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Business & Profession Business and Innovation, Health Economics and Policy, Retina, Glaucoma

Artificial Intelligence in Ophthalmology

"Artificial intelligence is around us, and it will change medicine, including ophthalmology. Come and learn about recent developments in different subfields of ophthalmology, based on AI technology!"


Andrzej Grzybowski, Professor of Ophthalmology and Chair of the Department of Ophthalmology, University of Warmia and Mazury, Olsztyn, Poland, and Head of the Institute for Research in Ophthalmology, Foundation for Ophthalmology Development, Poznań, Poland, talks about the inspiration behind the virtual event, the impressive speaker list, and his own work in the field. 

Click here to see the program and register

When did you first decide to organize this online event; what was the inspiration behind it?

I have thought about it for some time. However, the final argument for going ahead with the event was to receive the support from the Polish Ministry of Science and Education. We applied for such a grant because organizing such an international event is a demanding task. When we receive a positive response and financial support to organize it, I decided to host it this year.

We want to show why AI in ophthalmology is a very hot topic today. In recent years, it has been a very productive area of research, particularly in ophthalmology, with have hundreds of papers from different studies published every year, and many promising applications for AI in healthcare, using different approaches. This was the reason I decided we should present some of the best examples and discuss the promise of the future AI applications, but also some possible limitations.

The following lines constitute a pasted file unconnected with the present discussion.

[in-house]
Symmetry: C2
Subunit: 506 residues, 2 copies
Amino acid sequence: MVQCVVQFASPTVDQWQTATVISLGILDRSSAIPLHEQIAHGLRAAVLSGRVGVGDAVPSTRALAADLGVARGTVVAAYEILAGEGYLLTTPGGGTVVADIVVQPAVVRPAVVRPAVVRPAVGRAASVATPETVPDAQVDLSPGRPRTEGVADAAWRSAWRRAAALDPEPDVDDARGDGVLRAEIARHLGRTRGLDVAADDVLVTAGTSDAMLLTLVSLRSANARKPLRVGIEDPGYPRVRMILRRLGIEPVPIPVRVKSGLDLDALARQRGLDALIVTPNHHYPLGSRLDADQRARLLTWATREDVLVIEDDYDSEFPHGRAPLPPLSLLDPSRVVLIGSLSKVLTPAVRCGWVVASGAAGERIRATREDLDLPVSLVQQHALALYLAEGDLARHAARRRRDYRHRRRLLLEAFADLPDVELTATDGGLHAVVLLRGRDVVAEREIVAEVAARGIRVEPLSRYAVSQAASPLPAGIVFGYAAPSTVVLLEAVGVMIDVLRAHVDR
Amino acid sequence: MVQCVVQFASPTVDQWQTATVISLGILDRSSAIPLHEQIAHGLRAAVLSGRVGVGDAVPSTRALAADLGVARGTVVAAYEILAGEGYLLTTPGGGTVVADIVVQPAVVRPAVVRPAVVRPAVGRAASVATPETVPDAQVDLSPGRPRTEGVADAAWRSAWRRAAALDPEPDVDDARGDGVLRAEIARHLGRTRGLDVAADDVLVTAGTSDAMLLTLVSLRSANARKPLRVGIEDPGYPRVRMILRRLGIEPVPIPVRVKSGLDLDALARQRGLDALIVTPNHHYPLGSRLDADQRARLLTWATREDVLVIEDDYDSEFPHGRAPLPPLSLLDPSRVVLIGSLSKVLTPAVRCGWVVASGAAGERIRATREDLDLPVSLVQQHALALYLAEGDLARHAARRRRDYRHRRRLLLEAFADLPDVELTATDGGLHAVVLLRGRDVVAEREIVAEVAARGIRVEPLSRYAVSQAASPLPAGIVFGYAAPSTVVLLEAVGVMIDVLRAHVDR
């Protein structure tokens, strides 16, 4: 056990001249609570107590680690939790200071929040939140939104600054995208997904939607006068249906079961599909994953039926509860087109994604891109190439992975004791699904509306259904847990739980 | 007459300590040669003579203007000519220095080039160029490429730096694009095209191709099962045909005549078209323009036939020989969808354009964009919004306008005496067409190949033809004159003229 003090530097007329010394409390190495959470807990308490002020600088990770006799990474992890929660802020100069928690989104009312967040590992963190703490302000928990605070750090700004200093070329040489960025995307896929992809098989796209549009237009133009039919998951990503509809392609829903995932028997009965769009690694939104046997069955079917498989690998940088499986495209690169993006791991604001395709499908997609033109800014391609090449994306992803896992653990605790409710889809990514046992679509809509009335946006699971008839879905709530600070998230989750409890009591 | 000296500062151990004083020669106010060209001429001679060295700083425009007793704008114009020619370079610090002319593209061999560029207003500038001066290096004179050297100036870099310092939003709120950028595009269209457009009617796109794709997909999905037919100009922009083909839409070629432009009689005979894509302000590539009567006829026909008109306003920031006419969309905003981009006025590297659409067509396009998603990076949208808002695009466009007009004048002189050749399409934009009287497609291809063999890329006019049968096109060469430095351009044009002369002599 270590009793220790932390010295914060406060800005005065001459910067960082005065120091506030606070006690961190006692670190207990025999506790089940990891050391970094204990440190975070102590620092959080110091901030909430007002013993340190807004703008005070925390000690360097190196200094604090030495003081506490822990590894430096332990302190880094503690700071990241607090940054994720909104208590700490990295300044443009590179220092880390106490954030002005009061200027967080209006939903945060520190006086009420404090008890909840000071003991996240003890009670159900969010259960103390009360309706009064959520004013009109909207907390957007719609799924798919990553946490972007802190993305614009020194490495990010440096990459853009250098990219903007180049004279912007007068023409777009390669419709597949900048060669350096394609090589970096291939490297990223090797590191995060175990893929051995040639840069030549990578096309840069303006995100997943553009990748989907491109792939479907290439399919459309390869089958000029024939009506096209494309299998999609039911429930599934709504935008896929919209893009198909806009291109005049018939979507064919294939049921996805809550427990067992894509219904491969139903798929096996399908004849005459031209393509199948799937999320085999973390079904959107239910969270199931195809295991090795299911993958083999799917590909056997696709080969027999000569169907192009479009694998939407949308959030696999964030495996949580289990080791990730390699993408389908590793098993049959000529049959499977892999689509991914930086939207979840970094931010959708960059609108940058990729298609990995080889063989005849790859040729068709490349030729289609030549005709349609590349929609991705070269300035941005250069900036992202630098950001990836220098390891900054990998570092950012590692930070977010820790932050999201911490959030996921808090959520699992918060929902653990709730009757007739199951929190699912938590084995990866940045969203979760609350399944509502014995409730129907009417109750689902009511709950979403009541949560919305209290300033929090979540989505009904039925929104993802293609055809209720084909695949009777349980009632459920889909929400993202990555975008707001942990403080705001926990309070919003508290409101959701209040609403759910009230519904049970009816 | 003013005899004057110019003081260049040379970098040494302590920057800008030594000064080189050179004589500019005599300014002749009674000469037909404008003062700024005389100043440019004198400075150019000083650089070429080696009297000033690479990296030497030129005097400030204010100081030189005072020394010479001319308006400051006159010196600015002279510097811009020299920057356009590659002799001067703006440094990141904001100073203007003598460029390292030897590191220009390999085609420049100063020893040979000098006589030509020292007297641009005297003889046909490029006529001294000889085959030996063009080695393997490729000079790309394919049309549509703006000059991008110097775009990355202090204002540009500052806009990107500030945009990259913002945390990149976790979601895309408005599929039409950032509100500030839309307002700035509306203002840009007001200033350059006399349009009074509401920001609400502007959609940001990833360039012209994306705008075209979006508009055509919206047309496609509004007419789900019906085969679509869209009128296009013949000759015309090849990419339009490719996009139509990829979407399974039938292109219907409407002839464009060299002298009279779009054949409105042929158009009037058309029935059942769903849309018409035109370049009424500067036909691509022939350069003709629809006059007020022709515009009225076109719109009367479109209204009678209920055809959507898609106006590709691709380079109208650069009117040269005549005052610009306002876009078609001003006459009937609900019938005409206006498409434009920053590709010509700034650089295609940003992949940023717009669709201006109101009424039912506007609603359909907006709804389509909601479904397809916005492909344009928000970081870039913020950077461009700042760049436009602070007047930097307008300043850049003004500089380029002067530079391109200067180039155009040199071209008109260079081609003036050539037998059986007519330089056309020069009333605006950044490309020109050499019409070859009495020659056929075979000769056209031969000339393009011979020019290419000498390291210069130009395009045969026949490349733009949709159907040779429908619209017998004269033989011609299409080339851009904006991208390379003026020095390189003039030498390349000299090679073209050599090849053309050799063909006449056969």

There are some ambitious expectations for AI in healthcare and ophthalmology. And some of them include, for example, outperforming doctors, helping to diagnose what is presently undiagnosable, helping to treat what is presently untreatable. And to recognize in images what is presently unrecognizable. A good example is the 2018 study done by the group of Ryan Poplin, Google Research, Google Inc., in Mountain View, California, USA. They produced an AI algorithm that was able to – based on fundus images – recognize the patient’s age, sex, whether the patient was a smoker or not, their BMI, and systolic and diastolic blood pressure. All of these features were beyond the possibility of detection by a human grader, even very experienced retina specialists. It shows completely new prospects of this technology for healthcare, and ophthalmology in particular.